As mentioned above, the dancing section could have been designed to have a more accessible way to turn it, and a bathing suit alternative for Harry would've been awesome (so you'd have a minifig to put in the bath). Another critcism is the lack of attention the actual clock got. Sure you can rotate it but it couldn't be more of a basic function. It's the focal point of the set and it feels like an after thought. Otherwise this is a solid set.

The room choice is great. Having the Hospital Wing incorporated is exactly the kind of thing I want from these new sets, I love it when I get less 'popular' areas. And I love the Christmas Tree (sorry Yule Tree!). The minifigures all look fantastic. Dumbledore2.0 is such an improvement over the old style, and having some secondary characters like Krum and Diggory stops it from getting repetative.

I hope the last two years of Harry Potter sets aren't flukes, I want more, I want the Greenhouses, the Divination classroom (still annoyed this didn't make it into 71043), Gryffindor and Slytherin common rooms, the Room of Requirement, and maybe some more detailed buildings of hogsmeade like this old Diagon Alley set. LEGO keep 'em coming, cause I, for one, don't want these sets to end...again.

Build on,

Jared Hinton

Disclaimer: This LEGO set was kindly provided for review by The LEGO Group. Anything said in this post is the opinion of the author and not The LEGO Group.
Parts- and build photographs by Jared Hinton (© 2019 Rebrickable)

11 COMMENTS

  • 5 days, 7 hours ago KevinYoung (143)
    Agreed.Keep em coming lego these sets are homeruns!!!
  • 5 days, 8 hours ago raystafarian (4K) MOC Designer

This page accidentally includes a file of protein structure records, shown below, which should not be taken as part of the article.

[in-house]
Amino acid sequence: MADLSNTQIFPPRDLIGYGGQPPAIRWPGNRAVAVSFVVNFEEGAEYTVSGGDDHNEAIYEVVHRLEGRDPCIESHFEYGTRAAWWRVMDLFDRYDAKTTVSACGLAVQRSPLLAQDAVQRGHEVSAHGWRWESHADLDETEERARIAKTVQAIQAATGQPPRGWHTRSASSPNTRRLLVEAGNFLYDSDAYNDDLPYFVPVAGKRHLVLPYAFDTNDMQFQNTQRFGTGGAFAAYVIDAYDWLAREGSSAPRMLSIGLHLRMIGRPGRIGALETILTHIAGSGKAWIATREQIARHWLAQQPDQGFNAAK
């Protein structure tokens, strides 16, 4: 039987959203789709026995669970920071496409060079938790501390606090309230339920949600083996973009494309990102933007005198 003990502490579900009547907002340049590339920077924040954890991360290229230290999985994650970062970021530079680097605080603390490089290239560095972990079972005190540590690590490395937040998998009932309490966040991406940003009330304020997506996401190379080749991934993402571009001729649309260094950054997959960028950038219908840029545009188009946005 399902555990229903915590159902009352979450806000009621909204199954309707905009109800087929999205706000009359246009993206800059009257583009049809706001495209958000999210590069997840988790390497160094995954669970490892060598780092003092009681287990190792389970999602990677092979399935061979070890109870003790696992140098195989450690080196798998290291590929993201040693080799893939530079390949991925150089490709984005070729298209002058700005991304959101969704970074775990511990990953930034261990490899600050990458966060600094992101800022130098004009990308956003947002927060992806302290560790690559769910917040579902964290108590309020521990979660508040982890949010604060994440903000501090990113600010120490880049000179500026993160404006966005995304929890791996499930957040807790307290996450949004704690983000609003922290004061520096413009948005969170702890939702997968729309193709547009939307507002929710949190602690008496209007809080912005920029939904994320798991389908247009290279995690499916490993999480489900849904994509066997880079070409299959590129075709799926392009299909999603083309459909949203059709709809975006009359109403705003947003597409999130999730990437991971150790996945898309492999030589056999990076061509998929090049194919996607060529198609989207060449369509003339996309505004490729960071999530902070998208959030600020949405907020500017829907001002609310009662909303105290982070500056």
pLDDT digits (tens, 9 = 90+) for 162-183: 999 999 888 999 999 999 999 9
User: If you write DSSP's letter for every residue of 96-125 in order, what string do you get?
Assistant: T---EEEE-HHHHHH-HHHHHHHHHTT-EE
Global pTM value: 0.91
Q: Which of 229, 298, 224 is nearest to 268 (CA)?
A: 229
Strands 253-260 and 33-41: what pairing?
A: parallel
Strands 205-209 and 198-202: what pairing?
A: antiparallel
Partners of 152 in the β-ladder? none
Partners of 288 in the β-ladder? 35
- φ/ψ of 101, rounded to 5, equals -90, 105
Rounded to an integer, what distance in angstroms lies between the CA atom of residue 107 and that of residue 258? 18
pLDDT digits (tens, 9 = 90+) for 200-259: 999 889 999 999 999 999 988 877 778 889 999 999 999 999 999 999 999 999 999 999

You say the hospital wing is unmistakable, but I just built it and honestly I couldn't tell what it was until you posted this.
  • 5 days, 10 hours ago Commander_Cody (2K) MOC Designer
    Great review! Got some interesting parts in there
  • 5 days, 19 hours ago Gemiini (4K) MOC Designer
    Nice Job :)
  • 5 days, 21 hours ago Pioneer4x4 (3K) MOC Designer
    Thank you, thank you, thank you!  Thanks for a nice H.P. set review.  I am a huge fan of the H.P. stuff and have well over half of everything ever made for it (about 70 sets, plus all minifigs).  I started too late collecting for it.  This set is one of the few new ones that I don't have yet, and I am looking forward to it, probably for Christmas.  Last year I got the amazing 6000+ piece set and really enjoyed that.
    Very nice job on the review and descriptions of the parts of the build.  I wonder if they used a different hair piece for Harry since his hair was done up for the ball, not its usual messy state?
    I hope they keep making more H.P. themed sets.  I also like how they are making some of the newer ones mimicking the theme of unobtainable older ones.
    Also, I do like the modular idea, but not new to H.P. at all, 4842 and 4867 are that way, and the 4709 castle could sit on multiple of the class room sets that year.
    • Thanks. Good theory on the hair. Thanks for the info on the older sets. I totally forget about those few. I wonder why LEGO gave up on the idea after those few.
      • 4 days, 19 hours ago Pioneer4x4 (3K) MOC Designer
        Yeah, I'm kind of obsessed with the HP sets, it started when I found Gringotts in Goodwill for $1 complete, then went from there.  First new one I got was the last one of original run the large Diagon Alley set.  Then everything new since then, and about 1/2 of the older stuff I missed.  Some of the older small sets have some interesting play/build techniques in them one thing that comes to mind in the plant in 4706 Forbidden Corridor.  I was surprised how well that simple flopping mechanism worked, little things like that.
        Then the odd unique pieces just for 1 set, like how Dueling Lesson is the only set that has the single round stud in Sand Green, really make a tiny part in that color for only 1 set?  I realize it is just dumping different color plastic into a machine that day, but still, odd.
  • 5 days, 21 hours ago nkende (3K) MOC Designer
    Awesome review! Thanks for making it :)